In a research article published in Advertising & Society Review in 2008, ethnographer Julien Cayla noted that actor Shah Rukh Khan (SRK) was the kind of pan-Indian symbol necessary in an extremely heterogeneous nation like India, divided along the lines of language, race, regional communities, religion, class and caste. This pan-Indianness of Brand SRK made him especially valuable to the marketing community. More than a decade later, SRK has built a legacy in Indian advertising, endorsing more than 40 brands, including Hyundai, Reliance Jio, Byju’s and BigBasket among others. But Brand SRK’s role in the grand, unifying narrative may no longer hold true in contemporary India, where advertisements have been targeted for being “anti-Indian”.
SRK’s most recent commercial, for Cadbury India, timed for Diwali and intended to promote India’s kirana stores and neighbourhood grocers — essentially, businesses affected by the pandemic and e-commerce giants — has aired right in the midst of a controversy surrounding his son, Aryan Khan, wherein the by Narcotics Control Bureau (NCB) arrested him in connection with a drugs raid. The arrest led to certain groups on social media demanding a boycott of SRK’s advertisements earlier this month. In response to hashtags such as #BoycottSRK, one of India’s most notable start-ups, Byju’s temporarily suspended its commercials featuring SRK.
Aryan spent 25 days in jail in a drugs case and was granted bail on October 28.
It’s a difficult time for advertising in India. A neo-swadeshi movement emphasises that it’s not enough to “Make in India”; you also have to be the right kind of Indian. Commercials, brands and their ambassadors who don’t match the majoritarian stamp of approval have faced a major backlash in recent months. The reasons for boycotting are as comical as they are grave — FabIndia used Urdu for a Diwali festive clothing line, Ceat Tyres had actor Aamir Khan deliver a PSA to children on bursting crackers on the road, Tanishq showcased inter-faith marriages for a bridal jewellery line last year. FabIndia was also pulled up for not placing bindis on the female actors.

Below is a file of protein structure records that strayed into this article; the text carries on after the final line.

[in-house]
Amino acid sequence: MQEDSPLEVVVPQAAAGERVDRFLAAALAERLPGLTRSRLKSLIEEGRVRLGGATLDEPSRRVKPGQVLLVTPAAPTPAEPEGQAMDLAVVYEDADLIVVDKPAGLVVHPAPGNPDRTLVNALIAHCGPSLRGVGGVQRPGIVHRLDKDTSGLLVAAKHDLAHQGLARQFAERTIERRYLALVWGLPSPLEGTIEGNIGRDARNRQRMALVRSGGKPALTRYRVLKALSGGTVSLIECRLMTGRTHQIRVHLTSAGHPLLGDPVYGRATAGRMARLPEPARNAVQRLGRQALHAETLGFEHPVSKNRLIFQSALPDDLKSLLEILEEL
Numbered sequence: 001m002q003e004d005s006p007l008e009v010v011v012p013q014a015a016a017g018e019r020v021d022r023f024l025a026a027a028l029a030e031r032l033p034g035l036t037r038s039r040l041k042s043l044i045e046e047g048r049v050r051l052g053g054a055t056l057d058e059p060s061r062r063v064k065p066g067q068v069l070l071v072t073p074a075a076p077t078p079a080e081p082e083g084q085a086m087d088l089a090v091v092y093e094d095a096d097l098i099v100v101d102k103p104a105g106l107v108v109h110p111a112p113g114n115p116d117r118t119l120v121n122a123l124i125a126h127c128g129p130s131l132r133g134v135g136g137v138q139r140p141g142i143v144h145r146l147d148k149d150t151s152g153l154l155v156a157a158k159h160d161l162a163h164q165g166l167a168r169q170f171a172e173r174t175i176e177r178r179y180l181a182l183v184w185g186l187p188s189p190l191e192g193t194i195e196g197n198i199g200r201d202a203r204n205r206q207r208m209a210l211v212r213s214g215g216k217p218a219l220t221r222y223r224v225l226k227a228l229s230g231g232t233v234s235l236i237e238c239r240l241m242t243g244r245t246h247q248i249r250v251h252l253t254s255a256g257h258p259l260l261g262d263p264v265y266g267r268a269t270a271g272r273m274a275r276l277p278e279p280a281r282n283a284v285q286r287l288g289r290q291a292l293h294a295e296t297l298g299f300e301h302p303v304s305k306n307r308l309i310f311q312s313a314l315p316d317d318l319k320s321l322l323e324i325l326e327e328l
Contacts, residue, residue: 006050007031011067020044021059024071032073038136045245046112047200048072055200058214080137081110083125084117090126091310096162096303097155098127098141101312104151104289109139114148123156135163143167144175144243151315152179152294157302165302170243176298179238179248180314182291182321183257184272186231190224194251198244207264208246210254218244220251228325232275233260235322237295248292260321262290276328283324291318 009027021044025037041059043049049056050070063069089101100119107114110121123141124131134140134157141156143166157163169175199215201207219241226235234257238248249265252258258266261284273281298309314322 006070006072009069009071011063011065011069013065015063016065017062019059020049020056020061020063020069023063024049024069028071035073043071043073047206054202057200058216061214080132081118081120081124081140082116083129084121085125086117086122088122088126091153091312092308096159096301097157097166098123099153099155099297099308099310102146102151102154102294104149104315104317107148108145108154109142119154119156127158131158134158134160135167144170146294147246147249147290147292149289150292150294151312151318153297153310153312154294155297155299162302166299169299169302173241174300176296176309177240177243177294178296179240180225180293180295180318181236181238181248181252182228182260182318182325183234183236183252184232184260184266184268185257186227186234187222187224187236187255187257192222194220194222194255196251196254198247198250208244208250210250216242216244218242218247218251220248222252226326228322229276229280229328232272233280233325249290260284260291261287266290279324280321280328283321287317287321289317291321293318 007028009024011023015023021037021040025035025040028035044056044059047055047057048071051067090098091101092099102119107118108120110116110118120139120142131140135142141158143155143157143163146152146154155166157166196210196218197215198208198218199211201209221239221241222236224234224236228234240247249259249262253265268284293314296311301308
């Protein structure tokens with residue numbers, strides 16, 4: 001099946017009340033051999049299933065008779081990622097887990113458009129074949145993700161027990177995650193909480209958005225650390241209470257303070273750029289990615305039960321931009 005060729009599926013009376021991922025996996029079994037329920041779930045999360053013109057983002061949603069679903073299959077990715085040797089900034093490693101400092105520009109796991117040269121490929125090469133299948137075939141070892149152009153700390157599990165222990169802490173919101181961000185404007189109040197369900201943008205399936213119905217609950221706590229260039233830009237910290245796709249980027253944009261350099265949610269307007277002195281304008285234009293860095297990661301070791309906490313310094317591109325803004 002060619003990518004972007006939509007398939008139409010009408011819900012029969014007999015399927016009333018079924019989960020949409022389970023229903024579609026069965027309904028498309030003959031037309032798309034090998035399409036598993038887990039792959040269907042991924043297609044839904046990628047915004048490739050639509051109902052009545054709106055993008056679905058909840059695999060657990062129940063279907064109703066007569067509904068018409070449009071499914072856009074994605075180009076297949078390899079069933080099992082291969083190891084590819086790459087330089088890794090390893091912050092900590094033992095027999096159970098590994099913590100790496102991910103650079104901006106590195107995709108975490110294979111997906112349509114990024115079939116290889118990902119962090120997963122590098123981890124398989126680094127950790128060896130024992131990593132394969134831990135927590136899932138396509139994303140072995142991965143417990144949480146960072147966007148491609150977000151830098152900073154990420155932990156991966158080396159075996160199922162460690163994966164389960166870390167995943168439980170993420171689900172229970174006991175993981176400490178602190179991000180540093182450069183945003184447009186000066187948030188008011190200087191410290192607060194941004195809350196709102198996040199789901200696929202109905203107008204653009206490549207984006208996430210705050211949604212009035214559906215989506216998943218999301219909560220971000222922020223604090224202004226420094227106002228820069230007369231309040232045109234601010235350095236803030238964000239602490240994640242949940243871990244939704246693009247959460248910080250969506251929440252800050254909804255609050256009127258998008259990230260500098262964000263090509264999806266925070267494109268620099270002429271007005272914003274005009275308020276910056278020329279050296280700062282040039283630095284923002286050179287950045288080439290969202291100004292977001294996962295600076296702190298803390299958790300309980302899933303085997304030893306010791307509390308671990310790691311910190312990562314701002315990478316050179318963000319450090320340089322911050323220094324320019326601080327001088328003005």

In this festive season alone, there are more calls to boycott brands. Designer Sabyasachi, whose new line of mangalsutra has creatives featuring models in underwear, is among them. Another was Fem Bleach, Dabur’s line of beauty and hygiene products, which featured a lesbian couple observing Karva Chauth. People weren’t clamouring for a boycott because the advertisements showed regressive, patriarchal practices masquerading as progressive or inclusive, but because they hurt Hindu sentiments. Dabur cancelled the commercial and it remains to be seen how Sabyasachi responds. In India’s growing cancel culture, which gets bolstered when social media cries for boycotting brands, it appears that when brands stand by their advertisements, refusing to pull them down, they are often labelled anti-Indian